If you're a Ferrari fan, keep reading - its effort for the 2016 F1 season is, the SF16-H, is a remarkable piece of engineering.

A huge amount of work has gone into the design and optimisation of the SF16-H. I am very surprised a quite how different machine this is to either the 2014 or 2015 cars, especially considering that there really was not a lot wrong with the SF15-T.

Ferrari's choice of an online and social media friendly launch has allowed the Italians to skimp on the amount of technical information available about the new design, so I thought I would start with the parts which were not that discussed during the launch.

Power unit

The new power unit in the car is substantially different to that of 2015 (itself a major departure from Luca Marmorini's much criticised size zero unit of 2014). Ferrari has left almost nothing in the unit untouched but the biggest changes come around the V6 combustion engine. The charge air cooler has been relocated from its original and rather odd location between the cylinder banks to a new location (I think in one of the sidepods) while the space it has freed up has allowed Ferrari to introduce a variable inlet system. In 2015 the Ferrari was the only power unit not to use the technology which was re-introduced at the start of the year.

But this is not the only change, Ferrari is reported to have relocated the MGU-H into some of the volume freed up by the charge air cooler move, while the turbo is of a totally new design aimed at further improving efficiency and thus power. The Magneti Marelli supplied MGU-K which has been mounted at the rear of the V6 block in the bell housing area is rumoured to have been moved to a more conventional spot under the left hand side exhaust manifold.

More tantalising is the work Ferrari has done inside the engine, in particular in the combustion chamber. I read some reports that the Italians have managed some kind of partly compression based ignition, I assume with the spark completing the work. I know that the current F1 V6's engines are very extreme in this respect but perhaps not as much as that. Nonetheless it has been confirmed that Ferrari have made some major gains in the combustion chamber which have required new types of fuel pump to be used as well as a new fuel from Shell.

The turbocharger plays a role in this too and it has been significantly redesigned and slightly relocated, notably the cooling louvres for it which were present on all Ferrari powered cars in 2014 and 2015 have vanished. It maybe some of this excess heat is lost through the two new waste-gate exhausts which sit either side of the tail pipe.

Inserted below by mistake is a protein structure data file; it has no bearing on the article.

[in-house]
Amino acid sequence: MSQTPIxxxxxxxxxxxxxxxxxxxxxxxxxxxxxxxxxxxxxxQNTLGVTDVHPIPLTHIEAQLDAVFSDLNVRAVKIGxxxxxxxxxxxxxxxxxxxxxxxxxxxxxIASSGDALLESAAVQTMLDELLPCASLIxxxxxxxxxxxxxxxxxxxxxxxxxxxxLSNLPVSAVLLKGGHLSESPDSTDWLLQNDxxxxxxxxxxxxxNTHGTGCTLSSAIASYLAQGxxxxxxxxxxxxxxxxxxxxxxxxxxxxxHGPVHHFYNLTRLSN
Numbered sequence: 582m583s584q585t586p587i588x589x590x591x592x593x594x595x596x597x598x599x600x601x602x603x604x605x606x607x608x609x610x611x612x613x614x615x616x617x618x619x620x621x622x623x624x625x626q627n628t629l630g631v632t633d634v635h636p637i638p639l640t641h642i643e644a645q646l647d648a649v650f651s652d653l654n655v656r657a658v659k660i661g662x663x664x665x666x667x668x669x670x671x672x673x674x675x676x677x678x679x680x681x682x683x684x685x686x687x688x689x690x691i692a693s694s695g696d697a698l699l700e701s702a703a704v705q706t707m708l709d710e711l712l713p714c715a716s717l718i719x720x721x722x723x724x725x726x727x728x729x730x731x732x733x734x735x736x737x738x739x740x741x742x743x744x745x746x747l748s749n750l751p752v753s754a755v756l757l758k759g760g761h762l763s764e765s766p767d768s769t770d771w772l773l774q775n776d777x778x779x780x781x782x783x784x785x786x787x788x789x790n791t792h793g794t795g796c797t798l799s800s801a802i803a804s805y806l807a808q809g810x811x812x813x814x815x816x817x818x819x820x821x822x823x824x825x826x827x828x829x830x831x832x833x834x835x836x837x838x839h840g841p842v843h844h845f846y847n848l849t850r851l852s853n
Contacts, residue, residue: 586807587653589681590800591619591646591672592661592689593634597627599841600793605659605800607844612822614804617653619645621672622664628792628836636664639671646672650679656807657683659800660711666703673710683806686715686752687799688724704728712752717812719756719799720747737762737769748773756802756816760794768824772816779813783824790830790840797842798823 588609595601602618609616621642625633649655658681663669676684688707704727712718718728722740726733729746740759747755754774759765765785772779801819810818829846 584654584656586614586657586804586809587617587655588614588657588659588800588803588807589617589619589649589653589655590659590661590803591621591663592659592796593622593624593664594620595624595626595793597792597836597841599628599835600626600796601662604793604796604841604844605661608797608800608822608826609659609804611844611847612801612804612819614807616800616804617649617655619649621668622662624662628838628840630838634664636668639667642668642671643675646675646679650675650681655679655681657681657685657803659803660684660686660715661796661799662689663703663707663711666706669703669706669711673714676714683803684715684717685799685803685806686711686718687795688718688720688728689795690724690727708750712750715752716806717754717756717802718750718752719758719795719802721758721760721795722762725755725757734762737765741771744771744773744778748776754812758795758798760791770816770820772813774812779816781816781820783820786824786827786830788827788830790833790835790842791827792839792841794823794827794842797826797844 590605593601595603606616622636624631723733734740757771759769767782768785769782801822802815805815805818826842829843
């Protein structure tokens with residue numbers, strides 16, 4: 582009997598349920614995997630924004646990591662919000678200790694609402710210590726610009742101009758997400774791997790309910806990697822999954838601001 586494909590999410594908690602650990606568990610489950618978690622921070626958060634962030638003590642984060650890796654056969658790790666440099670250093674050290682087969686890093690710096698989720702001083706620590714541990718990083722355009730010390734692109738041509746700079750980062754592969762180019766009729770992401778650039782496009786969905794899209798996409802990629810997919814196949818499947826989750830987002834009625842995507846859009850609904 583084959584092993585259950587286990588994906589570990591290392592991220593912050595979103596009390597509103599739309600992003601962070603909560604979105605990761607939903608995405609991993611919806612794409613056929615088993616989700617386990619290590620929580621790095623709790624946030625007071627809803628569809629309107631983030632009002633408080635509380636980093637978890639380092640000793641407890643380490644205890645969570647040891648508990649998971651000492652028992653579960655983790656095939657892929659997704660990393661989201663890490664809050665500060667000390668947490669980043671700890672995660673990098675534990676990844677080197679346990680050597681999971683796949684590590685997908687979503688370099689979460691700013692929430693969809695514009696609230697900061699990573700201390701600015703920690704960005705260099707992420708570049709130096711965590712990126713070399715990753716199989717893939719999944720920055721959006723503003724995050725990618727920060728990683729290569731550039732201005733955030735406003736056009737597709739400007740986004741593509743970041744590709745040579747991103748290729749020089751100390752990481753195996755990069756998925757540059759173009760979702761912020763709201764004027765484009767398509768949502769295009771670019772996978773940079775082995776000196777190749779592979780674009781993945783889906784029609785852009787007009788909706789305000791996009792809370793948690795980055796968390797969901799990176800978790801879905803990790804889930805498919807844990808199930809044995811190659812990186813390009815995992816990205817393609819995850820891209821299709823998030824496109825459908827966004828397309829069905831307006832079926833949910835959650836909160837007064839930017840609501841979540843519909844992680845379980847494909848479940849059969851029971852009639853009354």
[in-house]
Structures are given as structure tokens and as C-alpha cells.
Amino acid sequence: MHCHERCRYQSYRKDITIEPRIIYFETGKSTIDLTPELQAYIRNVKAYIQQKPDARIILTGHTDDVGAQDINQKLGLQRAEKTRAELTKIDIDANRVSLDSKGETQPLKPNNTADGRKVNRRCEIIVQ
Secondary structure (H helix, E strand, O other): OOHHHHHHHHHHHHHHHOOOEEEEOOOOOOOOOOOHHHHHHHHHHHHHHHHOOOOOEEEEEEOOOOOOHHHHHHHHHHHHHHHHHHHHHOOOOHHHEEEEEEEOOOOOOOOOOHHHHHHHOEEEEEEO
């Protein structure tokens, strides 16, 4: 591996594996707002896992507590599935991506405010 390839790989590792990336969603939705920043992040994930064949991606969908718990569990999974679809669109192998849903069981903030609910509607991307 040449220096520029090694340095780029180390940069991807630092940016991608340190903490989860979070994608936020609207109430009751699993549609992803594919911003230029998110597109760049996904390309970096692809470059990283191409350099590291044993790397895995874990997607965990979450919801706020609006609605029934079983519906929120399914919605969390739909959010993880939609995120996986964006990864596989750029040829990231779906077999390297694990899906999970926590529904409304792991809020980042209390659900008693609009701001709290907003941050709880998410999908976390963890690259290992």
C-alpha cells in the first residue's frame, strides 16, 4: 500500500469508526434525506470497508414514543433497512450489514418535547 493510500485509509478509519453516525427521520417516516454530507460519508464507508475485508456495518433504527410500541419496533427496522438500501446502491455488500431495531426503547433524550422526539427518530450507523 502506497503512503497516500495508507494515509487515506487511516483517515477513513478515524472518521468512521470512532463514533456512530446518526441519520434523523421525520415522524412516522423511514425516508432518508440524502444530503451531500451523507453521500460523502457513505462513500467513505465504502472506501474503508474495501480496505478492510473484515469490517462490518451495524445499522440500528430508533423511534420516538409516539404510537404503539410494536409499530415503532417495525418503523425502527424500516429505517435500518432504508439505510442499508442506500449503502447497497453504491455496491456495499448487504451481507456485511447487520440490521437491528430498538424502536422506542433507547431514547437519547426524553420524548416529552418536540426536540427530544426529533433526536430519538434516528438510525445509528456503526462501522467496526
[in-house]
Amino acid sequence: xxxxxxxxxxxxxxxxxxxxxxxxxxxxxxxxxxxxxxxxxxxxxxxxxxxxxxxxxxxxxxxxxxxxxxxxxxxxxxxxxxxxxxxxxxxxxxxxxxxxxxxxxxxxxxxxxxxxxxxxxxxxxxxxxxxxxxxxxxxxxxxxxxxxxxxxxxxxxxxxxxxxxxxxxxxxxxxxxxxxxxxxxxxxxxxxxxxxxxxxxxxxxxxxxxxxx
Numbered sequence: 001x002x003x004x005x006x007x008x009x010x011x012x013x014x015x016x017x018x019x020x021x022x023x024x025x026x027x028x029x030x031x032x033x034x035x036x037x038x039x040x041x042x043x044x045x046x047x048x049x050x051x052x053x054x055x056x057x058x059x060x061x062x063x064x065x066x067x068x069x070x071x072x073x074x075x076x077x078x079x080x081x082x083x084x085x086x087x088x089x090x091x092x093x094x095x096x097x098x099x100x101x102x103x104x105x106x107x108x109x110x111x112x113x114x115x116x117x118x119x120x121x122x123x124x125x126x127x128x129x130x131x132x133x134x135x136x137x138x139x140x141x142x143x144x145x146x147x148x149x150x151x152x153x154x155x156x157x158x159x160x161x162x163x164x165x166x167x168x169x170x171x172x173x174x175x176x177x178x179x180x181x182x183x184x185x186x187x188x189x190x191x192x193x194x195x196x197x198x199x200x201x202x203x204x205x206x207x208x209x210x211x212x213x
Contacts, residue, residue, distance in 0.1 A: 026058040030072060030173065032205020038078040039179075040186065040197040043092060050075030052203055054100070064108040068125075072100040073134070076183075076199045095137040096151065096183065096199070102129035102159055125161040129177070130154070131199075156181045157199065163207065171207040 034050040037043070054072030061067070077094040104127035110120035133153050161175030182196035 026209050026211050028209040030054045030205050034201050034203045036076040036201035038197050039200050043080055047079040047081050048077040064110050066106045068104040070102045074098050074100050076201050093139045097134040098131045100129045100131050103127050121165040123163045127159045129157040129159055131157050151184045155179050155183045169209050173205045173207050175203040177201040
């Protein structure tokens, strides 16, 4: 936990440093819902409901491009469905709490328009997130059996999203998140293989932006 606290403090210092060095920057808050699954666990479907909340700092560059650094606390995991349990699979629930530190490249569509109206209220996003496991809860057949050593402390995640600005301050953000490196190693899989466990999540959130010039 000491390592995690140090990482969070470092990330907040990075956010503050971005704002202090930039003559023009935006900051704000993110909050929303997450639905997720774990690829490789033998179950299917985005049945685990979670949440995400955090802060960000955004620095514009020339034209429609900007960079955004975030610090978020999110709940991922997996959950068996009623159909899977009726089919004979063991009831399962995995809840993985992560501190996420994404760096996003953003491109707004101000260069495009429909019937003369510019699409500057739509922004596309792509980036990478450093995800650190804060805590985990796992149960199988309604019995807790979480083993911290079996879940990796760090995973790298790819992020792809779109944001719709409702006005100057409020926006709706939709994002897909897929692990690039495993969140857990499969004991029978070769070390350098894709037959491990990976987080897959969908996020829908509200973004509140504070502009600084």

The cooler arrangement has been substantially revised too with the charge air cooler now located in one of the sidepods the large louvred coolers of the SF15-T will have to have been changed somehow details are scare for now but the sidepods are pretty tight so it could be something really innovative.


Overall the aerodynamic package on the new car is quite different to that of 2015, the new nose is an instant sign of that. The front impact structure is much shorter than the one used on the SF15-T and is extremely close to the one used by Sauber last year in terms of concept. It looks to me a bit like Ferrari tried to achieve a Mercedes style nose but could not quite get the structures right to get that through the crash tests. That said during the launch the technical staff were keen to highlight the change so maybe it is a concept choice.

Getting the nose so much higher and getting more air under it has a substantial impact on the flow structures around the wheels and front wing endplates as well as along the whole side of the car. I would not be shocked to see a huge amount of variations of chassis 'ears' and 'barge boards' being tested in this area in the early part of the season. The front brake ducts too will be a key area of development. Indeed it would not shock me at all to see a new design of wheel in use at Barcelona as well as possible 'blown nuts'.

Downstream of the front end there is another fascinating feature of this 'ambitious' new car. The airbox has a big dimple behind it. I'm not sure if this is to do with something to do with the inlet tract or some external airflow reason but it is very interesting and I wait to see what developments Ferrari bring in this area.

At the rear of the car the bodywork is really quite tight and neat, probably the result of the reworked power unit.


Indeed it is clear to me that Ferrari's work has not been limited to just aerodynamics and power unit - the front suspension is a totally new concept compared to the '14 and '15 cars in that it is now a conventional pushrod layout. The torsion bars and dampers have been relocated to the top of the chassis, something which Ferrari claims saves weight but clearly has the side effect of raising the centre of gravity slightly.

The chassis is conventional with the nose pushed quite high, the new driver head protection seems to have had little impact on the overall structure. At the rear the transmission is a one piece carbon fibre unit with integrated bell housing accommodating the rear suspension components, hydraulics, turbine, and possibly the exhaust collectors as in 2015. The rear suspension is still pull rod but I hear a rumour that working with Brembo Ferrari may be planning to introduce a one piece upright and calliper unit to reduce un-sprung weight.

Ferrari is clearly going all out to catch up with Mercedes and if this car works well then it is clear that it will be one of the most interesting technical development stories of the season.

Max Yamabiko

Max Yamabiko will bring you a closer look at the technical side of F1 and motorsport in 2016, from the latest developments and solutions employed to keep you ahead of the game



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